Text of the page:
The stock market is only getting stronger as inflation falls and the Fed stops worrying about the labor market, Fundstrat’s Tom Lee says

Feb 5, 2024
  • The stock market is still strengthening, according to Fundstrat’s Tom Lee.
  • Lee pointed to falling inflation and the resilient job market, which should support gains for stocks. 
  • Lee said he’s considered raising his S&P 500 price target to 5,500, implying 11% upside from current levels.

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The stock market is only getting stronger this year, according to the strategist who nailed his 2023 stock market outlook.

Fundstrat’s head of research, Tom Lee — who correctly called the S&P 500’s 24% gain last year —pointed to the resilience in stocks so far in 2024 as inflation cools and the Federal Reserve appears less alarmed about the stunning strength of the US labor market. 

Stocks have gained so far in 2024, but the market has been on edge over the ability of corporate earnings to continue meeting investors’ expectations, as well as the timing of rate hikes from the Federal Reserve. 

In its meeting last week, the central bank indicated that it doesn’t expect to trim interest rates until officials are more confident inflation is getting back to the Fed’s 2% target, a sentiment Fed Chair Jerome Powell reiterated in an interview with “60 Minutes” on Sunday.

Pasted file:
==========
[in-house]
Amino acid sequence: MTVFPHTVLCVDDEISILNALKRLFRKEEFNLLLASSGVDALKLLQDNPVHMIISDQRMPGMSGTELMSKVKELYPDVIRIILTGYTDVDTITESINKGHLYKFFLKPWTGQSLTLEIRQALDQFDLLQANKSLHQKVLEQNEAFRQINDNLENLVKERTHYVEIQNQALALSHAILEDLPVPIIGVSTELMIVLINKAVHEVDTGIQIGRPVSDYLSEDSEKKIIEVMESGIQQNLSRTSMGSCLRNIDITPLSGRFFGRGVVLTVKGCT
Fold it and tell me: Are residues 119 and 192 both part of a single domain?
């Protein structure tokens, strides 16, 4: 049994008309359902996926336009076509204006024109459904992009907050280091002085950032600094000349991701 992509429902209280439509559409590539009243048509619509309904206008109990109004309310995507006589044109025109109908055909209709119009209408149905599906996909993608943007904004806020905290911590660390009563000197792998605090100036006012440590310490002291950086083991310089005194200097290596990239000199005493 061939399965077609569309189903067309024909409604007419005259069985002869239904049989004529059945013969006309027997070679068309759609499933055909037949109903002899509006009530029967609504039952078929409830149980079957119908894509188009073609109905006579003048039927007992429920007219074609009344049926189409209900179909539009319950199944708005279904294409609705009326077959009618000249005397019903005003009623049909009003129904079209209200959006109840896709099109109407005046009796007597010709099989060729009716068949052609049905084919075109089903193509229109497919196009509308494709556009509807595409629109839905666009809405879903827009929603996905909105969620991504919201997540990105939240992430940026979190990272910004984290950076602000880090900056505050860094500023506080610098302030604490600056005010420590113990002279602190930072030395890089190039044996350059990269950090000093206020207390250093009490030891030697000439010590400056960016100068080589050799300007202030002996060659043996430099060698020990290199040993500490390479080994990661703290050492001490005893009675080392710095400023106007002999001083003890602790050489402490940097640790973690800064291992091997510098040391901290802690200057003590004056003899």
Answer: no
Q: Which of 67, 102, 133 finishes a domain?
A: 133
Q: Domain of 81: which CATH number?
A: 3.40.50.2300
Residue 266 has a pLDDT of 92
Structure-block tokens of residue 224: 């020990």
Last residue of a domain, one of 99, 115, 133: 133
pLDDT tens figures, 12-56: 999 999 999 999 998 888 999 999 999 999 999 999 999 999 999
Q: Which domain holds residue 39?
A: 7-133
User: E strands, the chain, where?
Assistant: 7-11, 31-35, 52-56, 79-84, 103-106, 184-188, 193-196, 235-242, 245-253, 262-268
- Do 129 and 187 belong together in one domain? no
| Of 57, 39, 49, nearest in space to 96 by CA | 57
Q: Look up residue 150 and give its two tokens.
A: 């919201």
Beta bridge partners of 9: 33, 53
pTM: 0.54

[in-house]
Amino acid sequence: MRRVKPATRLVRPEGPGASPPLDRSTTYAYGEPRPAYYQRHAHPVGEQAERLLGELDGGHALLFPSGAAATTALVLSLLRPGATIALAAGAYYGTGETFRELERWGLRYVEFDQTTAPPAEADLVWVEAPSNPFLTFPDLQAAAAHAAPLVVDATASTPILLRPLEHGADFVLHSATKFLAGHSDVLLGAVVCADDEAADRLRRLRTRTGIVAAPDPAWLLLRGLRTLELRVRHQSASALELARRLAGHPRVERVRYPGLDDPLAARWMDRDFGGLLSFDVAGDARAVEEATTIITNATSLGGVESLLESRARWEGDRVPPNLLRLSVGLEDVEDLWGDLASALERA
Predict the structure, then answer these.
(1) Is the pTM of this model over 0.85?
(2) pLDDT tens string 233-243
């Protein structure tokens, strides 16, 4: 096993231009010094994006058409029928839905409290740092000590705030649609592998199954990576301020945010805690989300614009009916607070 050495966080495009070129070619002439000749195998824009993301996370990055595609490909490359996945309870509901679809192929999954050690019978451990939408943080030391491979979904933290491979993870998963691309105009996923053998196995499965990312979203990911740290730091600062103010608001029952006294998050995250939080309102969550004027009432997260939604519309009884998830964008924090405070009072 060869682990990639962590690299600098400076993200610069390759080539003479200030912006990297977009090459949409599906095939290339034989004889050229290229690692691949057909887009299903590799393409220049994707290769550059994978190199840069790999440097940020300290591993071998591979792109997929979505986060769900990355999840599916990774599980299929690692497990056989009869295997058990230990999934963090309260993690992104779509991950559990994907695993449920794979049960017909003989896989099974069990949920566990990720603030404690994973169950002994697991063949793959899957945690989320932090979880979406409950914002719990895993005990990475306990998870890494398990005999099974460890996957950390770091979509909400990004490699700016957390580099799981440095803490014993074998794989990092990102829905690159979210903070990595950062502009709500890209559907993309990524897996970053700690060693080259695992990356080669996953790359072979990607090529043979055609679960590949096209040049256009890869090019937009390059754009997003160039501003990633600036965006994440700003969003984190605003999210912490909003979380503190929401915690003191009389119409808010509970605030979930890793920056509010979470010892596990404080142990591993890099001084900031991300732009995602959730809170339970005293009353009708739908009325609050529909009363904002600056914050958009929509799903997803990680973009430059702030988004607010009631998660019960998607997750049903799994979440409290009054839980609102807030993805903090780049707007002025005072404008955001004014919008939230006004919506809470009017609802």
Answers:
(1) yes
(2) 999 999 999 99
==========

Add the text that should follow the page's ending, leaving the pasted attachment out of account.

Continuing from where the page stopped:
Still, the important thing for stocks is that the Fed is turning dovish, and the exact timing of rate cuts isn’t that important, Lee said. 

“The stock market should really just care that the Fed has gone from fighting inflation and almost giving the economy a heart attack to one where they try to manage the business cycle,” Lee said in an interview with CNBC on Friday. “So if they don’t feel comfortable doing this cutting in March instead of May, I don’t think it should have any effect on equities and how they do today.” 

Prices have come down without causing a notable spike in unemployment, which is good news for the economy. Unemployment has stayed near a historical low, clocking in at 3.7% in January, and the Fed appears to be less concerned about the continued jobs strength. 

“The labor market remains tight, but supply and demand conditions continue to come into better balance,” Powell said at last week’s press conference following the FOMC meeting. 

“The unemployment rate is not falling precipitously and it’s not creating a lot of wage pressure. So far, I think the labor market isn’t going to be a source of concern for the Fed,” Lee said. 

He also notes that investors also have a lot of cash sitting on the sidelines, with $6 trillion in cash currently in money market funds, according to the Investment Company Institute. That stockpile has the potential to serve as dry powder to fuel more stock gains. 

Lee has forecast the S&P 500 to notch a new record in 2024. The benchmark index could reach 5,200 by the end of the year, Lee predicted. Recently, he said he’s considered raising his year-end price target to 5,500, implying an 11% increase from the index’s current levels.

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